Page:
In a new study published Wednesday in Frontiers of Behavioral Neuroscience, researchers at Duke University took a new approach to analyzing mouse songs: They analyzed them the way scientists analyze bird songs. They looked for changes in the way mice string together syllables, hoping to analyze whether they used and responded to different songs in different situations.
Sure enough, male mice on the lookout for an unseen female (an illusion the researchers created by exposing them to female urine) gave loud, complex song performances. But once they were in a female's presence, they simmered down. Females seemed to be more receptive to those first, more complex songs.
The study authors believe the male mice may be expending extra energy when a female isn't in sight, but doing the bare-minimum singing when she's nearby. That leaves the male mouse with extra energy to physically pursue her and attempt to mate. So he's basically wining and dining her when she's elusive, then turning his sights to sex once she's within reach.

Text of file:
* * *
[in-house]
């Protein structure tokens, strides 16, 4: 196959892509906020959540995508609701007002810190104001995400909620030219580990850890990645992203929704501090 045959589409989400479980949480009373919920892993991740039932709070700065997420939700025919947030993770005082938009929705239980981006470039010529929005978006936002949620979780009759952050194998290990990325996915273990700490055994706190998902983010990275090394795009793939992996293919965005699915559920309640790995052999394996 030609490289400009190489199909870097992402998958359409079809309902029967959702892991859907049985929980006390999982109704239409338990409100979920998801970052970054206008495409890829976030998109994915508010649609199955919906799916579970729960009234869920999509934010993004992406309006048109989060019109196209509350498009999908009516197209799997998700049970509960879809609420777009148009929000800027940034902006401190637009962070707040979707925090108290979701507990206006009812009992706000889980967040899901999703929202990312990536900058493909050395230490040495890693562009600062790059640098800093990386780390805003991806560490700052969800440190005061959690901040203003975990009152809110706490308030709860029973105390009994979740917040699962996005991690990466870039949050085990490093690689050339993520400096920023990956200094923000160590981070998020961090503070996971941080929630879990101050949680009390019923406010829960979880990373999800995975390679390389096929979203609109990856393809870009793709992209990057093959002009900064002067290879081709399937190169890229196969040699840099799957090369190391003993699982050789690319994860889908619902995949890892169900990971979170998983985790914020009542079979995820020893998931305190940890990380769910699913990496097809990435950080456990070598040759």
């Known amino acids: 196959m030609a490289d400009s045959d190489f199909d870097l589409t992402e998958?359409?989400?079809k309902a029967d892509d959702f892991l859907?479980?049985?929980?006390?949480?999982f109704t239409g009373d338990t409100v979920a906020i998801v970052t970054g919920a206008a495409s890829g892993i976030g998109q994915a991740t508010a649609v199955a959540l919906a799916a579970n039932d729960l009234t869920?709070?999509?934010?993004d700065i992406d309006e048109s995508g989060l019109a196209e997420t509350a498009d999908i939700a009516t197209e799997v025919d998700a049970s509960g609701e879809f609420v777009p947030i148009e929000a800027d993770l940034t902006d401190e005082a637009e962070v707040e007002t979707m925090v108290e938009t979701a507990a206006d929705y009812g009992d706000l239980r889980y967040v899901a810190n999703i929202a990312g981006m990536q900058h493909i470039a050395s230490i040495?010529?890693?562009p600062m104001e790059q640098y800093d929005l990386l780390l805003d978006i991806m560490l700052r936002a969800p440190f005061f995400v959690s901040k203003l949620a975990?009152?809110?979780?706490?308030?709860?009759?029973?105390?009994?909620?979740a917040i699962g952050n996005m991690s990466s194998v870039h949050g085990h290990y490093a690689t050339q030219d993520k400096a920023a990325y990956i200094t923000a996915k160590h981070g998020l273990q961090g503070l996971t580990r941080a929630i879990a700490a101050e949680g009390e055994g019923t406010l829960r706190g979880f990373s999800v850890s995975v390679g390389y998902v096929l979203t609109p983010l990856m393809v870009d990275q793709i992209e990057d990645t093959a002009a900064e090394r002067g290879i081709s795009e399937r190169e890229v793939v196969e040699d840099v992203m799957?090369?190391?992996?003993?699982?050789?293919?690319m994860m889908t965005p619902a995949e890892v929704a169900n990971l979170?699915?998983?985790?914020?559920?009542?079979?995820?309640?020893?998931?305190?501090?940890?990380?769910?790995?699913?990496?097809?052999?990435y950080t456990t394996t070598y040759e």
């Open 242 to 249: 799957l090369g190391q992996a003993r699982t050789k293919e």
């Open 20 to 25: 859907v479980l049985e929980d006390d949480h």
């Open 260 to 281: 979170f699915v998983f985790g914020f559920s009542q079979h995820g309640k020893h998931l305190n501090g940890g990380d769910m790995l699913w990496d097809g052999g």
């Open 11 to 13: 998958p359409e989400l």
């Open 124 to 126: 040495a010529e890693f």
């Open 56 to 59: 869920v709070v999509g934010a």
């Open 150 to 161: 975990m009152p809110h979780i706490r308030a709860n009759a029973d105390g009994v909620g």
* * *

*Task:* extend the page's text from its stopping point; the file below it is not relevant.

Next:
In any case, the researchers believe they've shown that mouse song varies a surprising amount based on social context.
"Few people know that mice actually sing, even in the scientific community," study author Jonathan Chabout explained. "It's easy to study birdsong because you can actually hear them. Mice emit ultrasounds, out of human range." Plus, he said, birdsong makes more sense to study: Because birds can learn to sing new songs, they're the closest animal model we have for the process of a human learning to speak. Mouse songs are innate.
But even though they're not as human-like as bird songs, mouse sounds do depend on the occasion.
"The most surprising thing was that male mice were changing not only their singing repertoire, but also their syntax according to the context they were in," Chabout said. He and his colleagues can't be sure whether the mice were pulling from a variety of canned songs or creating them on the fly to suit the mood, but they hope to find out through further study.
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